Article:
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Identification of novel KRT5 gene variants in two Chinese patients with sporadic form of epidermolysis bullosa simplex: A case report

  • Authors:
    • Linli Liu
    • Qinglian Lu
    • Hui Luo
    • Chunshui Yu
  • View Affiliations

  • Published online on: February 7, 2024
  • Article Number: 132
  • Copyright: © Liu et al. This is an open access article distributed under the terms of Creative Commons Attribution License.

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Epidermolysis bullosa simplex (EBS), a rare genetic disorder characterized by fragile skin that is prone to blistering and tearing, is primarily caused by mutations in genes encoding keratin proteins, such as KRT5 and KRT14. This study aimed to identify the pathogenic gene variants responsible for the sporadic form of EBS in two Chinese patients. Blood samples were collected from patients and their parents, and next‑generation sequencing (NGS) was performed for variant screening. Two novel gene variants were identified within the KRT5 gene: c.1399A>T (p.Ile467Phe) in patient 1 and c.1412G>A (p.Arg471His) in patient 2. These variants were absent in the unaffected parents and a control group of 100 healthy individuals. These two novel gene variants within the KRT5 gene may be responsible for EBS, thus improving understanding of the genetic basis of EBS.


Epidermolysis bullosa simplex (EBS), a mechanobullous genodermatosis characterized by skin fragility and blisters on the skin and mucous membranes, results from external trauma (1). EBS exhibits an incidence rate of 7.87/one million live births (2). The severity of EBS varies, ranging from mild blisters on the hands and feet to more generalized forms with extracutaneous involvement. Occasionally EBS can have a fatal outcome. The onset of EBS varies based on its subtype, typically manifesting at birth or during infancy (3). For accurate classification of EBS, it is imperative to consider the specific clinical features alongside molecular findings. A previous reclassification identified numerous clinical variants of EBS, including localized (previously referred to as Weber-Cockayne), intermediate (formerly known as generalized intermediate or Koebner) and severe EBS (previously termed as EBS Dowling-Meara) (4). The mildest, most common subtype is localized EBS, with a reported incidence of 3.67/one million live births (2). However, since a notable percentage of mild cases may remain undiagnosed, the actual incidence may be higher than that reported (2). One of the typical comorbidities associated with EBS is basal cell carcinoma, which primarily occurs in patients with the most severe form of EBS. This elevated risk of basal cell carcinoma in patients with most severe EBS is attributed to recurrent and chronic basal keratinocyte injury (5).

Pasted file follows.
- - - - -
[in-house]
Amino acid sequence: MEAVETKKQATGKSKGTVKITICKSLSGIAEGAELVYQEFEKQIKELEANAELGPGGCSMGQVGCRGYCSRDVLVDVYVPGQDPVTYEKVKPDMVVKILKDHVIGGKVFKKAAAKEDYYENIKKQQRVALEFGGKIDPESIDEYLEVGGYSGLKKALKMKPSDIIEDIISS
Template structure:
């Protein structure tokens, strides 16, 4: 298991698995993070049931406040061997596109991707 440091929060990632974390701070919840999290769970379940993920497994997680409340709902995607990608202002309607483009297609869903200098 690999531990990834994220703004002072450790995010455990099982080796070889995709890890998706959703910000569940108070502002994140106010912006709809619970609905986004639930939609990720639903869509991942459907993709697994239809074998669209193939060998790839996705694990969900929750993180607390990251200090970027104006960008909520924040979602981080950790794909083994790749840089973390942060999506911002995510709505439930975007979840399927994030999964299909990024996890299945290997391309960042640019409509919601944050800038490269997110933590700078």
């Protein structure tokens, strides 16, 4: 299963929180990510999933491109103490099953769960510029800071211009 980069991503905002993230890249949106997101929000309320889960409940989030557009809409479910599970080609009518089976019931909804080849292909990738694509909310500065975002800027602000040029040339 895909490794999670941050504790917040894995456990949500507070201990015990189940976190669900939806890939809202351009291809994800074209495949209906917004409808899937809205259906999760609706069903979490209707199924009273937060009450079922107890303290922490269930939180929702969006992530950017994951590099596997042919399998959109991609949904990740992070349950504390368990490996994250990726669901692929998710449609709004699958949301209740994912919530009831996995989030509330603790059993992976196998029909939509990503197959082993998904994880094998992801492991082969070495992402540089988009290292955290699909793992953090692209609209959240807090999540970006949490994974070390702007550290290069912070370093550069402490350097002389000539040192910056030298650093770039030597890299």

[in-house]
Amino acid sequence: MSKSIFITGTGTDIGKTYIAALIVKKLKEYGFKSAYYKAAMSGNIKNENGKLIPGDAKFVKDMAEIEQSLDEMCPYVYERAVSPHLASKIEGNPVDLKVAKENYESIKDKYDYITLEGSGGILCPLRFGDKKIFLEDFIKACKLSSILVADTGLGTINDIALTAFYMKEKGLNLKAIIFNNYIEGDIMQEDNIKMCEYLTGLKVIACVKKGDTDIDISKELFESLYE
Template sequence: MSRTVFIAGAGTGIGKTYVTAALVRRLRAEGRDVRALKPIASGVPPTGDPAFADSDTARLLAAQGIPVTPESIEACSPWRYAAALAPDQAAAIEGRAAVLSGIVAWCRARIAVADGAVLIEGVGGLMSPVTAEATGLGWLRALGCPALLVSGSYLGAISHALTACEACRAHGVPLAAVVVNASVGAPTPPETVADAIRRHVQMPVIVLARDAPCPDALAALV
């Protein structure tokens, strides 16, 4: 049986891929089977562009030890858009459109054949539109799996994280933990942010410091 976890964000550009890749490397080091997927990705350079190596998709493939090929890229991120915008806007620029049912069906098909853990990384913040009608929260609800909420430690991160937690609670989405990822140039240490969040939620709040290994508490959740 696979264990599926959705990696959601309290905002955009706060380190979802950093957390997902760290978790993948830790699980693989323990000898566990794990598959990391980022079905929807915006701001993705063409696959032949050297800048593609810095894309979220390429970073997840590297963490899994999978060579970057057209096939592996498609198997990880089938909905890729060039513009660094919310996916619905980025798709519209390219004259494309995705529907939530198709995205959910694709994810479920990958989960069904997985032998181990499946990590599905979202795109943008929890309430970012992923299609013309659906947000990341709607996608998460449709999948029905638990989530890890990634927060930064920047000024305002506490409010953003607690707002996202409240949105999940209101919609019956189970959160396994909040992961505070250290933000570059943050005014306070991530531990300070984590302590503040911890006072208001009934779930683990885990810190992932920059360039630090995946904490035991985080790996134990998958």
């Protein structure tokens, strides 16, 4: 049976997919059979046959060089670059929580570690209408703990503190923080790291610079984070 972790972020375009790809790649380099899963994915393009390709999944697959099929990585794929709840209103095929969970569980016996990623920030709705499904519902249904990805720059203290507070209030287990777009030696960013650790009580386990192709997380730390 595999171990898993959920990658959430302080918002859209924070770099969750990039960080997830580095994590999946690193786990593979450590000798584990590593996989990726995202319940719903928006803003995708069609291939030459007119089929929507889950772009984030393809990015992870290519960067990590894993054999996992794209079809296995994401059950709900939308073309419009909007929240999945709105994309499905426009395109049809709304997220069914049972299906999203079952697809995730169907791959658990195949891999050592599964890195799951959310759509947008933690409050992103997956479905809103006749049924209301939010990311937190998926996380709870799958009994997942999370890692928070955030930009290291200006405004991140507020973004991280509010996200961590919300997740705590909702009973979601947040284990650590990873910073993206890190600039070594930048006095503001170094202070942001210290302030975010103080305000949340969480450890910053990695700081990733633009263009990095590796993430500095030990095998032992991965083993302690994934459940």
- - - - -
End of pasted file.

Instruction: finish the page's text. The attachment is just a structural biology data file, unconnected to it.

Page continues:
In EBS, gene aberrations have been implicated in seven genes, with 75% of the patients harboring mutations in genes encoding keratin 5 (KRT5) and KRT14, which are the primary cytoskeletal components of basal keratinocytes (6). The predominant genetic alterations are amino acid substitutions (missense variants). Inheritance typically follows an autosomal dominant pattern, with some exceptions. The clinical severity of EBS, in most cases, is associated with the specific loci of these genetic changes (7). Traditionally, diagnosis of EBS necessitated procedures such as skin biopsies, immunofluorescence microscopy and transmission electron microscopy. However, modern diagnostic strategies prioritize the identification of heterozygous pathogenic variants in KRT5 or KRT14 through molecular testing (8).

The present study describes two novel heterozygous KRT5 gene variants from two patients with the sporadic form of EBS: c.1399A>T (p.Ile467Phe) and c.1412G>A (p.Arg471His). These individuals exhibited typical clinical features of intermediate and localized EBS, respectively.

Case report

Two patients consulted the Department of Dermatology in Suining Central Hospital (Suining, China) on August 2022. Patient 1 was a 43-year-old man with progressive trauma-induced blisters on the arms and legs since birth. Initially, the blisters appeared on legs at birth, followed by blister formation and skin erosion on arms and joints after a minor trauma. There were no signs of nail dystrophy, nail lysis or oral mucosal involvement. The patient presented with pruritus, although he had no apparent history or family history of similar disease (Fig. 1A). Patient 2 was a 31-year-old woman with erosions and blisters on the hands from 6 months of age. Typically, lesions healed without scarring or miliary formation. Clinical observation showed stable blistering on the palms and soles, with remission of symptoms in autumn and winter. Patient 2 had no family history of blister disease (Fig. 1B). Skin lesions measuring 1.2x1.0x0.6 cm from patient 1 and 1.0x1.0x0.8 cm from patient 2 were excised for histopathological examination. The tissues underwent fixation in 4% neutral formalin at room temperature for 48 h, followed by dehydration with alcohol and xylene. Subsequently, they were embedded in paraffin at 62˚C and cooled. Serial sections of a 4-µm thickness were prepared and stained with hematoxylin for 5 min and eosin for 2 min at room temperature. Imaging was performed using light microscopy (Olympus BX51; Olympus Corporation). The histology report of patient 1 showed subepidermal blisters surrounded by eosinophils and lymph (Fig. 1C) while that of patient 2 showed subepidermal blisters surrounded by neutrophils (Fig. 1D). Informed consent was obtained from both patients and their parents, and ethics approval was granted by the Ethics Committee of the Suining Central Hospital. The study was conducted in accordance with the principles outlined in the Declaration of Helsinki.